The American revolution was about self preservation....and there were Colonists who liked Great Britain and didn't want to rebel. The articles/amendments were added to guarantee rights that both sides hold dear.
 
Sep 2019
128
Seattle
The American revolution was about self preservation....and there were Colonists who liked Great Britain and didn't want to rebel. The articles/amendments were added to guarantee rights that both sides hold dear.
I believe so...the Declaration of Independence was proclaimed AFTER King George had declared the colonies to be in rebellion. Up to that point, they thought they might "negotiate" their way out of the situation. By the time of the Declaration, there was little alternative to revolution. I believe it was John Adams who later said that at the time about a third favored independence, a third favored remaining with Britain and a third didn't care either way. War tends to force people to take sides.
 
Sep 2019
128
Seattle
@Stone6 about Thomas Jefferson... he was inspired partly by French lawyer, historian and philosopher Jean Bodin from 16. century. He wrote a book Les Six livres de la Republique ( the six books of the republic ). The core of the book is the theory of sovereignty of the nation. And example Bodin finds also in old Karantanija.

In Jefferson's copy of Bodin's work Professor Felician discovered that Jefferson had initialled two pages. On one page was Bodin's definition and characterization of a tyrant, which was quite similar in concept to phrases used in the Declaration of Independence. On the other page was a description of the installation of the Dukes of Carinthia.


Interesting...but, in my opinion, while that may be true of Jefferson and the Declaration, in 1776, it doesn't necessarily apply to the Constitutional Convention of 1787, which scrapped the Articles of Confederation, and established a far stronger central government.
 

Code Blue

Ad Honorem
Feb 2015
4,260
Caribbean
Interesting...but, in my opinion, while that may be true of Jefferson and the Declaration, in 1776, it doesn't necessarily apply to the Constitutional Convention of 1787, which scrapped the Articles of Confederation, and established a far stronger central government.
I agree with your prior post about trying to negotiate (Olive Branch Petition). The King was not receptive.

However, here, you overstate. The Declaration lists 27 offenses of the King. The power to engage in these acts is not delegated under either the Articles or the Constitution. That's a lot of similarity in scope of power.

The biggest difference between the general governments (and they don't call them central, which is something different) is not so much the scope of power, but that the latter did not need so complete a consensus to act. I can think of nothing permitted the general government under the Constitution that could not be done under the Articles with a 13-state consensus. In fact, it was such a consensus that "scrapped" the Articles, not the Convention of 1787.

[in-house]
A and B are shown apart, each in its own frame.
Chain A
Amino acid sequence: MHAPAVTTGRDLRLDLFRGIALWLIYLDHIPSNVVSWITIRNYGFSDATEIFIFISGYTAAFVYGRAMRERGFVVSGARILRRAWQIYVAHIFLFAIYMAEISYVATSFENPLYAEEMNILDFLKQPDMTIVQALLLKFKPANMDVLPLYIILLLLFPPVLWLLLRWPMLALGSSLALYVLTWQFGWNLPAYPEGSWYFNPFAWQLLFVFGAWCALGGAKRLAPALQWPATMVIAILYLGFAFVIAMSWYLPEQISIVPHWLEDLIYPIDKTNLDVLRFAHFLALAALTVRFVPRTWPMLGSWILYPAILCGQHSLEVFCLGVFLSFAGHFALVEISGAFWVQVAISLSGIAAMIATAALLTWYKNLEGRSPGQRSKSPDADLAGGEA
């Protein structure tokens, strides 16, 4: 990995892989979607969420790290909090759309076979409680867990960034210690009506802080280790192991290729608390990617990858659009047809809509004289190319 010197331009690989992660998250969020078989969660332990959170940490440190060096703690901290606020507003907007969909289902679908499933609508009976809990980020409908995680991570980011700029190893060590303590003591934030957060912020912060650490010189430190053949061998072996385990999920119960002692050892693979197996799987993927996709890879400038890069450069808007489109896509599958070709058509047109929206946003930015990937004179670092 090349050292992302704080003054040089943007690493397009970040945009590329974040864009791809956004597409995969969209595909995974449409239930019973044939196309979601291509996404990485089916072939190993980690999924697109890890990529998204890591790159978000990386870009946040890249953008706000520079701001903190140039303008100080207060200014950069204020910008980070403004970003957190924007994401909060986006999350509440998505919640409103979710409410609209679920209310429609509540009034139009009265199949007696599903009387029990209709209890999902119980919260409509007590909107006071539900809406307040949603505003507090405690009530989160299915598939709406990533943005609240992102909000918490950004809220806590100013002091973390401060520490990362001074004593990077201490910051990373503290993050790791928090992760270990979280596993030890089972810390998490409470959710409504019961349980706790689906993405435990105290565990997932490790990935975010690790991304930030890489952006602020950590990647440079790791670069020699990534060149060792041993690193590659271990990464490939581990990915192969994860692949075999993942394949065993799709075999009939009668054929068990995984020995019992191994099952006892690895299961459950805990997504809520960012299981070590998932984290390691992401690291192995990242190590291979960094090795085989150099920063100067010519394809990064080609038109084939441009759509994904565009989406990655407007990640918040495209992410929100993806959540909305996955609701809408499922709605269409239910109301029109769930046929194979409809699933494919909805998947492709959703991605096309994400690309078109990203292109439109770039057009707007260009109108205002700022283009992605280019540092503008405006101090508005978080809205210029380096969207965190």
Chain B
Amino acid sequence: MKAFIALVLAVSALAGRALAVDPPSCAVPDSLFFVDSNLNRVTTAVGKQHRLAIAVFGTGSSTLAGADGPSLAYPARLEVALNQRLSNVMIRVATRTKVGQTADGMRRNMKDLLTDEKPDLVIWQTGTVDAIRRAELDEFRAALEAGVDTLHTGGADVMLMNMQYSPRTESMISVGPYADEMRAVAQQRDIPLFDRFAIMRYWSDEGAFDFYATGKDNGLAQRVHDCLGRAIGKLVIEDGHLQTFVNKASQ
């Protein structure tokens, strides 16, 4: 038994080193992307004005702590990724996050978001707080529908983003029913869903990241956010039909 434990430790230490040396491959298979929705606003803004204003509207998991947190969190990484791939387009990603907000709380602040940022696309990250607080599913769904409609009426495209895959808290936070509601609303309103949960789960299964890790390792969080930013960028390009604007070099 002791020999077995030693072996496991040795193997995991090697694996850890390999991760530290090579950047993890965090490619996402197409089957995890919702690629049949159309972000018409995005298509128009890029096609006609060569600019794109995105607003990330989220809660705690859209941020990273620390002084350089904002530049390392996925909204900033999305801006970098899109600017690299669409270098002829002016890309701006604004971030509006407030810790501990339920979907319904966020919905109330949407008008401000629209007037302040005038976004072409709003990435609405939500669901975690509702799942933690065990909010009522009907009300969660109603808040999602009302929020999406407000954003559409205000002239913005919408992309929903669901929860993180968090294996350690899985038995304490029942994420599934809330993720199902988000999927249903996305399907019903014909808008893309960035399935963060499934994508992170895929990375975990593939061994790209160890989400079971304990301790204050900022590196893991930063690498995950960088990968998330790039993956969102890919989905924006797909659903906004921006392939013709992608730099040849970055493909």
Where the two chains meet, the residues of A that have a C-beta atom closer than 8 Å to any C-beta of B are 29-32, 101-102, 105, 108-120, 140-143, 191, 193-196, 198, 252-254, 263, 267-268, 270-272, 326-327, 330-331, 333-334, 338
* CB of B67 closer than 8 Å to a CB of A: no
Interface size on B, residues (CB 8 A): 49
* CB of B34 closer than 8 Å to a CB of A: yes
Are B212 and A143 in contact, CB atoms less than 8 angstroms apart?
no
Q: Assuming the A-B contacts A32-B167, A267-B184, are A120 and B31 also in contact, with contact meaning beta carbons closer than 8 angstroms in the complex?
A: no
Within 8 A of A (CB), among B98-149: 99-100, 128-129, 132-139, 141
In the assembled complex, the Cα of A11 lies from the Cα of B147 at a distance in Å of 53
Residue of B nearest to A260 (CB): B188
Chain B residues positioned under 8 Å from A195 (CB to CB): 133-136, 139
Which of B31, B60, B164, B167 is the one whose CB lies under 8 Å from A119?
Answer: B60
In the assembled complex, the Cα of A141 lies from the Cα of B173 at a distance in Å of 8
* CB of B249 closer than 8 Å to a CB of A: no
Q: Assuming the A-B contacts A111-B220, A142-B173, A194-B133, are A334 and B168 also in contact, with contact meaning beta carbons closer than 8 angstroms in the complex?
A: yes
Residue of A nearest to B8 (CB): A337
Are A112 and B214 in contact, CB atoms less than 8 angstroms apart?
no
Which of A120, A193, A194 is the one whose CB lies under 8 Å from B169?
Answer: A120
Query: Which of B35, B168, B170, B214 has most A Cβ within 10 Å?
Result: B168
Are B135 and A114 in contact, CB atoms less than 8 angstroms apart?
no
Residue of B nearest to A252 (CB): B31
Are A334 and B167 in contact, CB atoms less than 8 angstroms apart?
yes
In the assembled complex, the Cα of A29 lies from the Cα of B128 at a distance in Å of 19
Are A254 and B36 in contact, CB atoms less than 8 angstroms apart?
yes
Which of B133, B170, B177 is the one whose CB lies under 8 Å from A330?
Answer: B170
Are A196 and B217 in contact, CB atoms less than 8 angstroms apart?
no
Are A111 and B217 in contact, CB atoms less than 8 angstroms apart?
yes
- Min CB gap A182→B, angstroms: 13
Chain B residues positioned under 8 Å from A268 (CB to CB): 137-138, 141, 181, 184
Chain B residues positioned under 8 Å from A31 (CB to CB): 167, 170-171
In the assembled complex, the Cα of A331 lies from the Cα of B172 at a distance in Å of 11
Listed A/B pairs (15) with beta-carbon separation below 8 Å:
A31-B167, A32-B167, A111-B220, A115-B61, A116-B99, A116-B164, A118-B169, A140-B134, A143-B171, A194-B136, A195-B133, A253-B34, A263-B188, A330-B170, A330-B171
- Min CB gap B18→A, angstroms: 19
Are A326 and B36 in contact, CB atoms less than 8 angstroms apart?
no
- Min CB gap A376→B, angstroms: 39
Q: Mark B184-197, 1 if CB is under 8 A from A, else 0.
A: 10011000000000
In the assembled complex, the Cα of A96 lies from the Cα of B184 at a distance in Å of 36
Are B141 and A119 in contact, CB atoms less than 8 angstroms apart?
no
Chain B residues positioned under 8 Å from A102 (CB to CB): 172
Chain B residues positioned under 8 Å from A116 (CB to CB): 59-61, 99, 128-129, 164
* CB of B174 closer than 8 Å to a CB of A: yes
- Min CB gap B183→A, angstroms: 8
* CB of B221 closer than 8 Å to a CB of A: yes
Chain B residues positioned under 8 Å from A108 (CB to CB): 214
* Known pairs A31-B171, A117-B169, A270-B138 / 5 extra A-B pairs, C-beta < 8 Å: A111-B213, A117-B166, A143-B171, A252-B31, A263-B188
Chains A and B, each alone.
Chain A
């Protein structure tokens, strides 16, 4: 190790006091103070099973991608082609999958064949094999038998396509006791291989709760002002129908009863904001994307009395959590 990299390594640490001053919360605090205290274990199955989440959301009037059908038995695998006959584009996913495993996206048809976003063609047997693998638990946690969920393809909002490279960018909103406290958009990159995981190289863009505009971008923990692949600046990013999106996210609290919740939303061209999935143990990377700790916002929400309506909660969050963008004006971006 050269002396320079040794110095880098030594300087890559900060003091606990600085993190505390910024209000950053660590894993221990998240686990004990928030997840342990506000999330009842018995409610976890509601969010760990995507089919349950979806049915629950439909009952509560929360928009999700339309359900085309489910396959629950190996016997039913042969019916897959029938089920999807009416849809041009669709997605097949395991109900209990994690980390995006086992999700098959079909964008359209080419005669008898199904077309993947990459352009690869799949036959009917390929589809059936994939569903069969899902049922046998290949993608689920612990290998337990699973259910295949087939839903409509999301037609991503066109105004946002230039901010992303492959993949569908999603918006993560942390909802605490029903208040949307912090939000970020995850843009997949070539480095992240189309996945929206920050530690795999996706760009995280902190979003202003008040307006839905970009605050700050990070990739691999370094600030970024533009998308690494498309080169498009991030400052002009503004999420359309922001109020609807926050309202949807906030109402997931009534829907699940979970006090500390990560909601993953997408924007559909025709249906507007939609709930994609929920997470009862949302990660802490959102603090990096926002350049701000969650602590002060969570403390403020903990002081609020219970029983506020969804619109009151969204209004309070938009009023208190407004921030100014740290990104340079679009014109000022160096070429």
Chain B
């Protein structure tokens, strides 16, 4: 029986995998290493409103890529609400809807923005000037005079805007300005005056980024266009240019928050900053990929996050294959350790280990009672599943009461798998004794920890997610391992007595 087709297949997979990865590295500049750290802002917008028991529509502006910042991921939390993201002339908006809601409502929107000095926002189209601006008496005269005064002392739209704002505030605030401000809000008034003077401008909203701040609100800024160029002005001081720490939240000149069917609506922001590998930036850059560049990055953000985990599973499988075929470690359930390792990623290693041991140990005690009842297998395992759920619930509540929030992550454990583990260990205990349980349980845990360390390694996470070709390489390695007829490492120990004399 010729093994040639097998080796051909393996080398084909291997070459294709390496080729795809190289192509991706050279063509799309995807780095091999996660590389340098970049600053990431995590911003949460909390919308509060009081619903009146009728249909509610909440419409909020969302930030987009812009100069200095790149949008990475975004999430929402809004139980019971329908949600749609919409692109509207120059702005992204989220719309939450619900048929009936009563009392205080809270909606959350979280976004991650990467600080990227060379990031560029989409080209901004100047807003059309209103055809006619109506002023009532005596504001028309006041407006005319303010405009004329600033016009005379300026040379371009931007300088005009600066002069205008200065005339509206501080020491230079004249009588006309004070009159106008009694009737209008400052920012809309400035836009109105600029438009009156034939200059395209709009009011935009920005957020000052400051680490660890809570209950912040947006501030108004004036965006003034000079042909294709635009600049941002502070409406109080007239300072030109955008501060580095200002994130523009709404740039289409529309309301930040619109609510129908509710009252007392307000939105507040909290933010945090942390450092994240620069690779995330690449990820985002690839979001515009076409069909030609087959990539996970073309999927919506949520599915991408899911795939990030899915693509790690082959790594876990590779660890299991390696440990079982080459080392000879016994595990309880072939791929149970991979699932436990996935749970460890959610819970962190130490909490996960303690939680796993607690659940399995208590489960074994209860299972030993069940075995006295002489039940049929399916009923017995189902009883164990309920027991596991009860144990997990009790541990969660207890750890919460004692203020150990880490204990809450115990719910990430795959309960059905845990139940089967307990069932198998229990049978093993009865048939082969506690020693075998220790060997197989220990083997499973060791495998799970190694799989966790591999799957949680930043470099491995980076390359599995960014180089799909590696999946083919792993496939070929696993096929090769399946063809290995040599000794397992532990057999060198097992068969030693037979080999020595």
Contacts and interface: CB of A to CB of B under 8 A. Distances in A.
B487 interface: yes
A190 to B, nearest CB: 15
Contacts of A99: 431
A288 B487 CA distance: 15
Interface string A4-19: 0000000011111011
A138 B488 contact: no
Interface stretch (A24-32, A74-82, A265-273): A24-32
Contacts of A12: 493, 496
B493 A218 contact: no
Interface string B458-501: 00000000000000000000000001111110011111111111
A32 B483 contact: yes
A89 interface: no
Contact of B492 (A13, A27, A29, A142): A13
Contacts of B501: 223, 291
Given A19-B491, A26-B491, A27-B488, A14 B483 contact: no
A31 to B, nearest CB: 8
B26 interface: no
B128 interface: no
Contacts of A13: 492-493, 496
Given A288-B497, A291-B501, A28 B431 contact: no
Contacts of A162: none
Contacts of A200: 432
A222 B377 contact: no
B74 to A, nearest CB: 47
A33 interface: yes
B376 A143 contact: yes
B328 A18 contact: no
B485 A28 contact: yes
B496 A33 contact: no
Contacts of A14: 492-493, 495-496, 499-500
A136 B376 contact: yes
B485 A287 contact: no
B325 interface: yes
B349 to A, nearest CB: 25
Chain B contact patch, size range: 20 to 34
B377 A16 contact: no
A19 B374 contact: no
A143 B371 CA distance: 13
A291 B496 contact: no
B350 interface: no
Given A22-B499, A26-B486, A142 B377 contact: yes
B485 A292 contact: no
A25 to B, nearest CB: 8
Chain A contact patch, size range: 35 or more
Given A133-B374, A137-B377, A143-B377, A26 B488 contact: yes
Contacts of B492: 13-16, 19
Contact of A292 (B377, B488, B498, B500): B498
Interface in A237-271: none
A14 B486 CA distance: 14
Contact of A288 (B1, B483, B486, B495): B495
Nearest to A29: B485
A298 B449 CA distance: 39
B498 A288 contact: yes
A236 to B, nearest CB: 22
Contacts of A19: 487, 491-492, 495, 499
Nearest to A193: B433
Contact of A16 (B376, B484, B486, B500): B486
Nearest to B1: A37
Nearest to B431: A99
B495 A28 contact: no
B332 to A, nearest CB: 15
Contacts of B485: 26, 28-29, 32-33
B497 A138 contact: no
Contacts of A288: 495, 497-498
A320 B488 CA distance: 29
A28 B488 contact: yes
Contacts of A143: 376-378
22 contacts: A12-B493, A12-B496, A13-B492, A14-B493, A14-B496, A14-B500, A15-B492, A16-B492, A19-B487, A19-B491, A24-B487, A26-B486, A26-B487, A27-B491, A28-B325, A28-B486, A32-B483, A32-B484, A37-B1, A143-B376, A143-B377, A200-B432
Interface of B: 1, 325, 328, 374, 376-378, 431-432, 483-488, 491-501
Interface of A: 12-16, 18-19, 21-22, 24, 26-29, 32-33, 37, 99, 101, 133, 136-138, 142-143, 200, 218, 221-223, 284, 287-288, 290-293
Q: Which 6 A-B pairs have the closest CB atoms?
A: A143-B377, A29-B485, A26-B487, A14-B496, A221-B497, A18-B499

Sep 2019
128
Seattle
I agree with your prior post about trying to negotiate (Olive Branch Petition). The King was not receptive.

However, here, you overstate. The Declaration lists 27 offenses of the King. The power to engage in these acts is not delegated under either the Articles or the Constitution. That's a lot of similarity in scope of power.

The biggest difference between the general governments (and they don't call them central, which is something different) is not so much the scope of power, but that the latter did not need so complete a consensus to act. I can think of nothing permitted the general government under the Constitution that could not be done under the Articles with a 13-state consensus. In fact, it was such a consensus that "scrapped" the Articles, not the Convention of 1787.
Interesting, but I think you're "overstating" the similarities of the Articles of Confederation and the U.S. Constitution. In regard to the 27 offenses of the King, most of those complaints in the Declaration would have been covered in the State Constitutions. Moving from a "confederation" to a "federation," created a "new sovereignty," that of the United States, with the United States assuming, in large measure, the "powers of Parliament," mitigated by leaving many of the pre-Constitutional powers of the Articles with the States. I've always considered the major reasons for the Constitutional Convention as: 1) Shay's Rebellion and the fear of an on-going revolution; 2) the need to enforce a federal taxation; 3) the need to regulate inter-state activities; and 4) the need to call together a defense against foreign powers. I would certainly agree that the underlying problem with all four was the requirement for the approval of nine of the thirteen states to get anything done (or 69.23%), but the transfer of sovereignty was, IMO, equally important. [See Article II, of the "Articles."] Of course, the entire idea of a democratic republic was fundamentally based on ultimate "sovereignty" resting with the people themselves, but IMO, the Constitution divided the representation part of that sovereignty between the States and the new Federal government. Did they leave room for argument? Definitely...Article VI suggests a conflict between the 9th and 10th amendments, which we've been arguing over since ratification.
Interesting topic...but, I have errands to run and guests to entertain...will return later.